When I read The Secret Lives of Bees for the first time, I genuinely enjoyed it. "A sweet book," I thought, as I shoved it back into my overly packed bookshelf. Took me hardly more than a few days to finish, and definitely left me with that warm, fuzzy feeling characteristic of a sentimental, yet well-written novel that pleases with a happy but not too sappy ending. I can't say that the story lingered in my mind for long, however. Nary a second thought was devoted to it, and I didn't even think to recommend it to anyone.
I could not have been more wrong about my initially underwhelmed response. As I prepared to depart on my recent road trip with my MIL and SIL C, I opted to borrow a few good audiobooks from my mom's incredibly well-stocked library. Critical to a good audiobook is the presence of a good reader, and my mom, in her infinite wisdom, pulled out The Secret Life of Bees, praising the reader's performance. C had never read the book, and I thought it might be nice to hear a familiar story, without the pressure of concentrating on it too much while driving. We slipped in the first disc of eight early in our journey on the first day.
We were captivated immediately, from the very first moment of hearing the thick, perfectly delivered South Carolina accent of the reader. The story of Lily Owens, Rosaleen and the Boatwright sisters came spilling out, weaving its way into our minds and seizing control of our heartstrings. I could not believe what I had missed before! Hearing the story again was like finding a precious pearl in the crevices of a wave-worn oyster's shell. I laughed at Rosaleen's dry humor and Lily's affectionate pronouncement of Zach, the "ass-busting" lawyer. I cried to think of May shoving in the millionth slip of paper emblazoned "Neil and June" into the stone wall. I felt, REALLY felt that pang and longing that belong to first love when Zach and Lily discovered the purplish elderberry honey, lingering by the hives as "bees swirled around" their heads. Let me tell you, this book is SO GOOD.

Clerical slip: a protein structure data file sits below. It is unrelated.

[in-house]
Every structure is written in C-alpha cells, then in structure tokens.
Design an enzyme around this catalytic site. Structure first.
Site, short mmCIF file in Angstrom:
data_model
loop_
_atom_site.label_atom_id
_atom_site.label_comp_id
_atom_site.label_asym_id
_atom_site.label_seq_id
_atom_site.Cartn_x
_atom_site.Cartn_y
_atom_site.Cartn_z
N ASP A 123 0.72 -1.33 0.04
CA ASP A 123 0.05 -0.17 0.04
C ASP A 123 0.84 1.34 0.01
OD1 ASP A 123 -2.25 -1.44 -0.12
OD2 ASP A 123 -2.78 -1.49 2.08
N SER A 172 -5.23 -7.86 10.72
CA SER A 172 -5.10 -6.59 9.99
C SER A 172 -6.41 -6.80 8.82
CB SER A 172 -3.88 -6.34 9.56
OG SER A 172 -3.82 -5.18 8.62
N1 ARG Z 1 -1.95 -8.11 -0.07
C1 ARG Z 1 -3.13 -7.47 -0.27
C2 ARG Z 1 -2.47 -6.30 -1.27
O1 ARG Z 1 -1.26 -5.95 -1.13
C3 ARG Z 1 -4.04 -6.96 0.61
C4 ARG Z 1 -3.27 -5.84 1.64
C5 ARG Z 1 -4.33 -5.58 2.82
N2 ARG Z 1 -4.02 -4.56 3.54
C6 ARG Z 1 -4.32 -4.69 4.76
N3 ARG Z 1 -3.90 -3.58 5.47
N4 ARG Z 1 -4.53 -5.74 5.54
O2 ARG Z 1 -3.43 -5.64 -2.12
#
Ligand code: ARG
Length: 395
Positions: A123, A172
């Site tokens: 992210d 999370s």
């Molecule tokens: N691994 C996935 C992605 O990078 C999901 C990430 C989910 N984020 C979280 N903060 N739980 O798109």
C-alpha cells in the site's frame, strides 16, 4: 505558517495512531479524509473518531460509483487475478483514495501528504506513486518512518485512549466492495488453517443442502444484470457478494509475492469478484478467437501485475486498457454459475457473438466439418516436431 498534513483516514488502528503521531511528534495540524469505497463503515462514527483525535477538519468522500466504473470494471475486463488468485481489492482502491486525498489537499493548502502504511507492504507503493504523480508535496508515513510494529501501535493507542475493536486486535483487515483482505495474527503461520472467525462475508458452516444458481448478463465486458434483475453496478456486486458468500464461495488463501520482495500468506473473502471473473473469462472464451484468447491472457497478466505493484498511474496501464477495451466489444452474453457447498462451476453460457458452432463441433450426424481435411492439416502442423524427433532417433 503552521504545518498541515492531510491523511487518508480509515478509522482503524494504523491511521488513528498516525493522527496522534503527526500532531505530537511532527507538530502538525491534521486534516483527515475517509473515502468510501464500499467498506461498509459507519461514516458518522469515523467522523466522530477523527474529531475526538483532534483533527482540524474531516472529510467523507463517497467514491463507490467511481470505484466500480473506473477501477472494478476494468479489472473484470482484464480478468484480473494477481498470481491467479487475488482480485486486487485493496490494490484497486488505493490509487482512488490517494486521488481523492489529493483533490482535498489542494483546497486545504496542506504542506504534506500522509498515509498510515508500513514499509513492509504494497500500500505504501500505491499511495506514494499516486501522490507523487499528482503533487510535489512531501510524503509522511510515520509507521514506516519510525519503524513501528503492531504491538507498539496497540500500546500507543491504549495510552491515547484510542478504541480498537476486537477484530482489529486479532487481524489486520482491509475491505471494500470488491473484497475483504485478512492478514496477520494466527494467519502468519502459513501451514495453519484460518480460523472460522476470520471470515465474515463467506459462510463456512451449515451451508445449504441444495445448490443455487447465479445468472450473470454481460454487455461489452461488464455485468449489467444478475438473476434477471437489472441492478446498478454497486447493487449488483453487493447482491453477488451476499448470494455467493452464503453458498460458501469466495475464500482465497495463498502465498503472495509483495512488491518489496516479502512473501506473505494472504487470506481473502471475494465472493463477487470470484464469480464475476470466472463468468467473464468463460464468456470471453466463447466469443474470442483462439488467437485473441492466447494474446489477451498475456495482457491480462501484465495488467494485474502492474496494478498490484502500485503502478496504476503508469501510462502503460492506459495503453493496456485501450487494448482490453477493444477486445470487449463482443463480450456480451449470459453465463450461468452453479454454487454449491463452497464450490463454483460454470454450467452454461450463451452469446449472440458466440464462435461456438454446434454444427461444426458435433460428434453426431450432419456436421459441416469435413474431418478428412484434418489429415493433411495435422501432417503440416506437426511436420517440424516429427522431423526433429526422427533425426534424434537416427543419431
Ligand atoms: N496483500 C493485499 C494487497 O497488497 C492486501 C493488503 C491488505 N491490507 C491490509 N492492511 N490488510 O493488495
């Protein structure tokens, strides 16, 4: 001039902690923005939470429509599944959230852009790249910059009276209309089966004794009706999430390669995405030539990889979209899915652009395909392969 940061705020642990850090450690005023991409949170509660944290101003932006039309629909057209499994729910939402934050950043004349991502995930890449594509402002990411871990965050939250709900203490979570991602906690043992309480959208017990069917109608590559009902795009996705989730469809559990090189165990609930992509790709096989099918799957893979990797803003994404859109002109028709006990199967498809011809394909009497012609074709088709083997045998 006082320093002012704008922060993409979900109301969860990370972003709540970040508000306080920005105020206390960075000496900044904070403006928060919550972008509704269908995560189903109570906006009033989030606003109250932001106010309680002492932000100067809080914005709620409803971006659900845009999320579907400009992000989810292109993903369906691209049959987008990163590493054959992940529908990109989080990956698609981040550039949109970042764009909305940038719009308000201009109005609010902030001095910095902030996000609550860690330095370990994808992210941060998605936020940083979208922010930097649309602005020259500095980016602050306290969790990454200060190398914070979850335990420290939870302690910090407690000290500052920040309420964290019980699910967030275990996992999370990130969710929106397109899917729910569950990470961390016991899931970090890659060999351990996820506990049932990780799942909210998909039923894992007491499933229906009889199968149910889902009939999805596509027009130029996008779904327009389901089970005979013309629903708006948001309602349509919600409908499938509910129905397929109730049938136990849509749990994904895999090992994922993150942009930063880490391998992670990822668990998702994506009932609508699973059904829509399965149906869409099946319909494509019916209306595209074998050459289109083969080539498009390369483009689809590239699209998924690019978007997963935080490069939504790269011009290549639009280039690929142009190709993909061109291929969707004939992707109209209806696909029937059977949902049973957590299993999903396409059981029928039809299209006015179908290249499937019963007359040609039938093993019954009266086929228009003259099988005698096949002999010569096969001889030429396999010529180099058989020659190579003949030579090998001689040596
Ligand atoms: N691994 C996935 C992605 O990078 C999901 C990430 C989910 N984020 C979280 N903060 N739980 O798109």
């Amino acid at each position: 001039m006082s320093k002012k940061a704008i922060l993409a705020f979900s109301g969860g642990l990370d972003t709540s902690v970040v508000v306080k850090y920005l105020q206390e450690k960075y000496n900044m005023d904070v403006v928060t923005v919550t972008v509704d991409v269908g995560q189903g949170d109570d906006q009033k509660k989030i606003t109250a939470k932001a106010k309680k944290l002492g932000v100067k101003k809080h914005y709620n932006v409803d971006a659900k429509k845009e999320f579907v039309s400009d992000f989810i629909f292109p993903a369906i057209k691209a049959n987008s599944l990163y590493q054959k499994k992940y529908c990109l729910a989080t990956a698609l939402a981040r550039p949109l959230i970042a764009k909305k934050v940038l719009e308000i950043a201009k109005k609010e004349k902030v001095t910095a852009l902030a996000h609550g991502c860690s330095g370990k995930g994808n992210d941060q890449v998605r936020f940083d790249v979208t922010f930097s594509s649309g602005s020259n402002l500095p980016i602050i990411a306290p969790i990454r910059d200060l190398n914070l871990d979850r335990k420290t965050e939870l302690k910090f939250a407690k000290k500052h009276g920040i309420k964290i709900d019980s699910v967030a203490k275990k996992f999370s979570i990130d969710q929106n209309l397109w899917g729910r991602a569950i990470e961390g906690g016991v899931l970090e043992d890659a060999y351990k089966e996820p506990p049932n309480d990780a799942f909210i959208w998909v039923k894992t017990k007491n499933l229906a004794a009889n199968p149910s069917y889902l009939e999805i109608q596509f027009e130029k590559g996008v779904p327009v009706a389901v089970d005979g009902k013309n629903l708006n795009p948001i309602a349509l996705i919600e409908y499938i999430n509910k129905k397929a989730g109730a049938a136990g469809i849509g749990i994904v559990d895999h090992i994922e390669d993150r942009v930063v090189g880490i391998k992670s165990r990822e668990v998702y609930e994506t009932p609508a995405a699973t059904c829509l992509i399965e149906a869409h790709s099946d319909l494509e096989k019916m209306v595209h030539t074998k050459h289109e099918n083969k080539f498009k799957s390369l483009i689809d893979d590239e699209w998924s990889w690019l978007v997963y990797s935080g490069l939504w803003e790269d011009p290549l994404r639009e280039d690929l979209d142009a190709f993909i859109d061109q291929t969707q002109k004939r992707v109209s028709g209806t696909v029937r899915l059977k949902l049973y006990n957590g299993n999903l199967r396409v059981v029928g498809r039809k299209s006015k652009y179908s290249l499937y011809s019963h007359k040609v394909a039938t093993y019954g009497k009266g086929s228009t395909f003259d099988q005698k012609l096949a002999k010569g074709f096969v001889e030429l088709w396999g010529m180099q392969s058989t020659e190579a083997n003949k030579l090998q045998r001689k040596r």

For the rest of the trip, it was like an addiction. We turned it on almost immediately upon climbing into the car each morning. Being stuck for two hours in Hoover Dam traffic became tolerable because we were granted more time with the story. It was difficult, truly difficult, to pull that eighth disc out of the package, knowing it would be the last.
Immediately upon returning home, I found my copy of the book, thumbing through to find my favorite parts. There are many to choose from, so I think I'll narrow it down here to a select few.
She laughed again. "You know, some things don't matter that much, Lily. Like the color of a house. How big is that in the overall scheme of life? But lifting a person's heart-now, that matters. The whole problem with people is-"
"They don't know what matters and what doesn't," I said, filling in her sentence and feeling proud of myself for doing so.
"I was gonna say, The problem is they know what matters, but they don't choose it. You know how hard that is, Lily? I love May, but it was still hard to choose Caribbean Pink. The hardest thing on earth is choosing what matters."
Some things were not possible in this world. Children did not have two parents who refused to love them. One, maybe, but for pity's sake, not two.
There was a photograph of a woman smirking in front of an old car, wearing a light-colored dress with padded shoulders. Her expression said, "Don't you dare take this picture," but she wanted it taken, you could see that. You could not believe the stories I saw in that picture, how she was waiting at the car fender for love to come to her, and not too patiently.
"Did you know there are thirty-two names for love in one of the Eskimo languages?" August said. "And we just have this one. We are so limited, you have to use the same word for loving Rosaleen as you do for loving a Coke with peanuts. Isn't that a shame we don't have more ways to say it?"
"You know, Lily, people can start out one way, and by the time life gets through with them they end up completely different."
I can't wait to read it all again.